GPS tracking system or Global Positioning System is used to determine the exact location of a person, vehicle, or an object.
It uses a GPS device and an in-built software to view the location on a screen.
This system is greatly useful in several situations. For example, tracking the exact location can save a life during natural disasters, and when someone is lost. It can also come to use if something is stolen. However, is it always legal to use GPS tracking on people, or cars? It is clearly invading someone’s privacy to surveillance them without their knowledge about it, so there are special situations and laws about when you can do it.
When is it legal to use GPS tracking?
There are a few situations when you can use GPS tracking, they are:
- You can track your children for their safety if they are underaged.
- If your organization or you personally own an asset or a car, then you can track it.
- If you have an asset that is useful to a group of people, so it is often taken away by someone without your permission, then you have the authority of using a GPS tracking device on it.
- You can track an asset or a car if it is for the purpose of legal repossession.
Who uses GPS tracking most?
The police, military personnel, firefighters, and large courier businesses use GPS tracking all the time. The GPS system is essential for the services these people provide. Nowadays, small businesses and general citizens use it a lot as well.
GPS tracking laws applied to the users
GPS tracking laws vary on who the user is and how it is used.
- Individual citizens: As a general citizen, it is illegal to use GPS tracking to things that you do not own. So, if you still want to do it on a person, or a vehicle you do not own, then you must consult with an attorney. Neglecting the laws may result in you ending up with monetary penalties as well as a permanent criminal background.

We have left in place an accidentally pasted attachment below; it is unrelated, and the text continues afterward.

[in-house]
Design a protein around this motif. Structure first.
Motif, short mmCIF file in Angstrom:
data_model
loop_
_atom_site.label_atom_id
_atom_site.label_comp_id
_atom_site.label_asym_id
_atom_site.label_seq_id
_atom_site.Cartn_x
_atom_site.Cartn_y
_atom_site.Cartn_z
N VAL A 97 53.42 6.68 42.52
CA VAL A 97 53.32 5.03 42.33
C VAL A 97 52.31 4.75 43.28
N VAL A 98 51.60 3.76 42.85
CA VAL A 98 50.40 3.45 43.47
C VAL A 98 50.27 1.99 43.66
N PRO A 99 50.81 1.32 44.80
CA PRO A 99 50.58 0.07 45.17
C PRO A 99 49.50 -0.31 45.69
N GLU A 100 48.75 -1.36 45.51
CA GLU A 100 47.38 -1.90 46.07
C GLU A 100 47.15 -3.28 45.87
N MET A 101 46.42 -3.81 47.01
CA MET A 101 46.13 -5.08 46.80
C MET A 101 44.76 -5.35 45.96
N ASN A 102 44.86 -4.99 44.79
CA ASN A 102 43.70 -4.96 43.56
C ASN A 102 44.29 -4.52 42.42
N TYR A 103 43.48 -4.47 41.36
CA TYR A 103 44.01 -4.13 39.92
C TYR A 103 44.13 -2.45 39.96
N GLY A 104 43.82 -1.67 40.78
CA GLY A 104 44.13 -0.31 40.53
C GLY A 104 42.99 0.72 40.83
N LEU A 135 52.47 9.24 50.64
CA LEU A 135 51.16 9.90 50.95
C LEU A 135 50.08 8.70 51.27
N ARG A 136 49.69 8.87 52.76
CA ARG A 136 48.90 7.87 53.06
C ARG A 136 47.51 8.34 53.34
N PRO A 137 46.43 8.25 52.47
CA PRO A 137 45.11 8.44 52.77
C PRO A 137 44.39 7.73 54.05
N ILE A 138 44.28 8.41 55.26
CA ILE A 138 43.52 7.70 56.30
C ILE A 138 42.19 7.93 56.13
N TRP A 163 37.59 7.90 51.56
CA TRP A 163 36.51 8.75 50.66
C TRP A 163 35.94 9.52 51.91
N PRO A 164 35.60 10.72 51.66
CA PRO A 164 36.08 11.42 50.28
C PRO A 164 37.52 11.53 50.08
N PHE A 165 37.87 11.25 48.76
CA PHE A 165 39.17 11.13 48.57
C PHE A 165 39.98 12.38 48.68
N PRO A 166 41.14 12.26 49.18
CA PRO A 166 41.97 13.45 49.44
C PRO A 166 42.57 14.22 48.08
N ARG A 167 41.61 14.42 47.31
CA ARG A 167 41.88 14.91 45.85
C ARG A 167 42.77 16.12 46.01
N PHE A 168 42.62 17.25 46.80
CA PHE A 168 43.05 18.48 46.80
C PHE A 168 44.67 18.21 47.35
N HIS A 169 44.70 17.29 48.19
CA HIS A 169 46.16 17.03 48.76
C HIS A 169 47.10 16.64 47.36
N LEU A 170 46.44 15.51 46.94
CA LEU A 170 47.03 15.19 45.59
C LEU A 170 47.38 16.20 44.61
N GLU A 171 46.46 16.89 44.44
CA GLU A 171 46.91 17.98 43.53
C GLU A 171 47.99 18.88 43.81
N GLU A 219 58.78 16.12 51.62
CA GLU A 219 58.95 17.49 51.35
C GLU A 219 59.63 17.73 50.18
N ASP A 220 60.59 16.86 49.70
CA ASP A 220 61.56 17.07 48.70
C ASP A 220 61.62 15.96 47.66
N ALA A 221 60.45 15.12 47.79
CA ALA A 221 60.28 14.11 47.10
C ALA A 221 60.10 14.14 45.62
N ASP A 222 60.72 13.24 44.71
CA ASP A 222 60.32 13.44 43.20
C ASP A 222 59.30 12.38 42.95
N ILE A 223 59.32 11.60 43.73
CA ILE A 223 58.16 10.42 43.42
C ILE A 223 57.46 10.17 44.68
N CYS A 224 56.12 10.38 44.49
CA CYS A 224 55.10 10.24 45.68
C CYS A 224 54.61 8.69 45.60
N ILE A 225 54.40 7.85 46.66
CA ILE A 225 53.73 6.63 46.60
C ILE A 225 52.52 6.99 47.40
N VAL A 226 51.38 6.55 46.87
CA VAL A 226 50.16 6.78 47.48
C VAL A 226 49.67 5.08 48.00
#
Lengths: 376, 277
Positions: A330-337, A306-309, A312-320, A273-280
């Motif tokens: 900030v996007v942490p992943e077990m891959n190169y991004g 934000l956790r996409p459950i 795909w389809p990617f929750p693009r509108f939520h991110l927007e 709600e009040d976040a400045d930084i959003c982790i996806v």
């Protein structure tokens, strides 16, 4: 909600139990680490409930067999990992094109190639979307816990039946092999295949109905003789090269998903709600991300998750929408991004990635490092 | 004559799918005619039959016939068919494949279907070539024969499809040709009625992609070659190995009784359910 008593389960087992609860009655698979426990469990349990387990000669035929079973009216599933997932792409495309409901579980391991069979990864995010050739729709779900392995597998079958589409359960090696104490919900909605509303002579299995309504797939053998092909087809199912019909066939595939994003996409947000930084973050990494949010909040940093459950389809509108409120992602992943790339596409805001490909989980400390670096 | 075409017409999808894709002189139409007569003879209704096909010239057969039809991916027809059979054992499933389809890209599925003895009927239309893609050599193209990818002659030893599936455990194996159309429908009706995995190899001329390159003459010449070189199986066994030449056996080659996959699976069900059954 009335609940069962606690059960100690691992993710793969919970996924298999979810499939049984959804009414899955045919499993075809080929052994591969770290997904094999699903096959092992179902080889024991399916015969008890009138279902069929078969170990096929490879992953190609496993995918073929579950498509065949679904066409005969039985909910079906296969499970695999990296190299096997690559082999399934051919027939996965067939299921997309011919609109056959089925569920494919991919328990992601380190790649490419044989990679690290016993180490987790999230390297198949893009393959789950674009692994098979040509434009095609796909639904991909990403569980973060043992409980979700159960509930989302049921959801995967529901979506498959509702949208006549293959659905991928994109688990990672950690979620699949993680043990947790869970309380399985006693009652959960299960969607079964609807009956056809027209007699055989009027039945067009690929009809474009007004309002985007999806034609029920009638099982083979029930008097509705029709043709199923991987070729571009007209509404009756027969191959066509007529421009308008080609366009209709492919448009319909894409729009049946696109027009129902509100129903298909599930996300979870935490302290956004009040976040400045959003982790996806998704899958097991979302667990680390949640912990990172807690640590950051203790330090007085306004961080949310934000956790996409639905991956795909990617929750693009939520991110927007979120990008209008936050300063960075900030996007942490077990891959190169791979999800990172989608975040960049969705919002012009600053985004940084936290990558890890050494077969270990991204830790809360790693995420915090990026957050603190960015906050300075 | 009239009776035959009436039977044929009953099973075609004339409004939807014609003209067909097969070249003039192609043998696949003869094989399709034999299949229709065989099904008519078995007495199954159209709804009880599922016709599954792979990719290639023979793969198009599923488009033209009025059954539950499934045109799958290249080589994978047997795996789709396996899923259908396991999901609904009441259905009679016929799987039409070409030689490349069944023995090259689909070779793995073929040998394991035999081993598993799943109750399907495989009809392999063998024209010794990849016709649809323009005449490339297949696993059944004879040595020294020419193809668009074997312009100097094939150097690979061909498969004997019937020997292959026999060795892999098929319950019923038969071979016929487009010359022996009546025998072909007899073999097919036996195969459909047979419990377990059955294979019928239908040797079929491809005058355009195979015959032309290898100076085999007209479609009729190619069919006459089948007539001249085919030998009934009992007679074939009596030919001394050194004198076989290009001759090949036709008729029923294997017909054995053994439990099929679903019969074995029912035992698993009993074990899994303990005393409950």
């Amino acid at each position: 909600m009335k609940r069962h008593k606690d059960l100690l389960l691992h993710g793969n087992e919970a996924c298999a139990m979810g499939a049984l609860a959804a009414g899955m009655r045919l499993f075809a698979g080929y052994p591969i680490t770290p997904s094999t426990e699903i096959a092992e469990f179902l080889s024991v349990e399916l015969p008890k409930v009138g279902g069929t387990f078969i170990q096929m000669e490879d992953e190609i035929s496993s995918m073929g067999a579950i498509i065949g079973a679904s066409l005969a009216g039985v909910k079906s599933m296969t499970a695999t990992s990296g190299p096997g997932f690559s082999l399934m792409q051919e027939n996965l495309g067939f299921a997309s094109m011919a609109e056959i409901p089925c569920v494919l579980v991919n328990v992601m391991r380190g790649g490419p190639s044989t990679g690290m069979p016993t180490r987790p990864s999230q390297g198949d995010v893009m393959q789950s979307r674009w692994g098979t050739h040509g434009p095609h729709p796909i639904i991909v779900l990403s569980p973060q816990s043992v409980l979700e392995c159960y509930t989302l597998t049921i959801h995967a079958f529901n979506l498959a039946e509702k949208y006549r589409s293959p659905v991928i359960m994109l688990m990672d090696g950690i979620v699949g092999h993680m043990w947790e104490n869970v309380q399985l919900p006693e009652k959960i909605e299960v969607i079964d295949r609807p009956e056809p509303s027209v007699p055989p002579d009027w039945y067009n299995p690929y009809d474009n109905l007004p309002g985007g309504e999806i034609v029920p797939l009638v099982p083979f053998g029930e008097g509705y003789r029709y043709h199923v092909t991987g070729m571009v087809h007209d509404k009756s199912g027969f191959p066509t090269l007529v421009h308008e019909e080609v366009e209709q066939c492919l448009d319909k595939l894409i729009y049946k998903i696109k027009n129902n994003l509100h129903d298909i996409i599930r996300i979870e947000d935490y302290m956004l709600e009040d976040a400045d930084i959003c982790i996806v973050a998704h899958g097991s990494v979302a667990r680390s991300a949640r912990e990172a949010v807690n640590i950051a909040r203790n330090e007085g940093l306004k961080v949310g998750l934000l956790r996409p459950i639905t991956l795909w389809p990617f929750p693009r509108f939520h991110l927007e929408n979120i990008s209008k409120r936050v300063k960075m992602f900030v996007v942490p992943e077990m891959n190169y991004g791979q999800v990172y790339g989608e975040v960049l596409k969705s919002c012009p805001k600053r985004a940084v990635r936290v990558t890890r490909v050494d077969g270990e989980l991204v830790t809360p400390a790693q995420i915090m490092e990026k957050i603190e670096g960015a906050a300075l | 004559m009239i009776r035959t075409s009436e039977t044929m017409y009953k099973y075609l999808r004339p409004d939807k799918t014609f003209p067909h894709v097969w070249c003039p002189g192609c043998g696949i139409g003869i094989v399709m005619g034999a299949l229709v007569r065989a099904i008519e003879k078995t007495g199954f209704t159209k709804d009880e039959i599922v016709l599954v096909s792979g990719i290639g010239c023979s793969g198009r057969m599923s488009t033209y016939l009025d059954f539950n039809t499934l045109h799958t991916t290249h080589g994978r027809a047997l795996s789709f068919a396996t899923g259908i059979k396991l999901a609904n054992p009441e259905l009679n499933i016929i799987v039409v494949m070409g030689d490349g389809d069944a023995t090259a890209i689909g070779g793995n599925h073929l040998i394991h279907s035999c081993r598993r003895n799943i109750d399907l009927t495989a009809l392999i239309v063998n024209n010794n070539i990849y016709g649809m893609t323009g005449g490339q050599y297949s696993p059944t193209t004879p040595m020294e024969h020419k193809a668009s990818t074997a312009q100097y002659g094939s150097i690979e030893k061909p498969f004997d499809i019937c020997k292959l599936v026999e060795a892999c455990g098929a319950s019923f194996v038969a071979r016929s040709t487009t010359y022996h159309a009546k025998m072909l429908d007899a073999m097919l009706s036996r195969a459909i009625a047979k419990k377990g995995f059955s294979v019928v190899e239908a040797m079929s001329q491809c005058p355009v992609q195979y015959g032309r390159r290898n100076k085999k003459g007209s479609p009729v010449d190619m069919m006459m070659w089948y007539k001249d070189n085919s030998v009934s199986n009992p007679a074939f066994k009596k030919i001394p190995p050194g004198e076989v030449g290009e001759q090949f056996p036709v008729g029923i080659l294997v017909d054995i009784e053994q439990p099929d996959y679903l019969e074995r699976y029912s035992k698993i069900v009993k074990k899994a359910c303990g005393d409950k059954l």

- Law enforcement: Although the law enforcement departments like the police and military have the authority of tracking someone’s whereabouts without their knowledge, yet they cannot do it just because they want to. It is a must to obtain a warrant before they use a GPS tracker on a criminal suspect or a car.
- Businesses: As a business owner, the law considers you the owner of every asset and employee of your business. Business owners can track their fleet of vehicles and the employees too, without any terms and regulations, and without any fear of breaking the law. It is your right to protect your assets and keep an eye on your employees’ movement, and you can use GPS trackers for these purposes freely.
Nevertheless, it would always be best to consult an attorney for professional advice before using any GPS tracking device on anyone. Doing this, you will understand the GPS related laws better, and you will be safe from getting on the bad side of the law.
A few Court cases that have affected and developed GPS laws
- United States V. Jones in 2011: A GPS tracker was placed on the car of Jones, who was suspected of drug trafficking. The tracker collected many pieces of evidence against Jones to prove his crime, but the case was turned against the police at the court, saying that it was a violation of Fourth Amendment rights.
- Cunningham V. New York Department of Labor in 2013: An employer tracked one of his employee’s personal cars without his knowledge. This case was in favor of the employer at the court because the employee had a previous record of falsifying his work time, and that time too, it was proved by the GPS evidence that he reported falsified time again.
These court cases clearly show that when the case is about an employee and the employer, laws are not that strict, and the employers are given complete rights to monitor their employees. However, when it comes to the police applying a GPS tracker on a private citizen, the laws are more effective, and the police need to be very careful about having permission or warrant before tracking a suspect or it will be a violation to their rights.
So, it can be said that using GPS tracking is not illegal, but you need to know your rights and limits before you do it.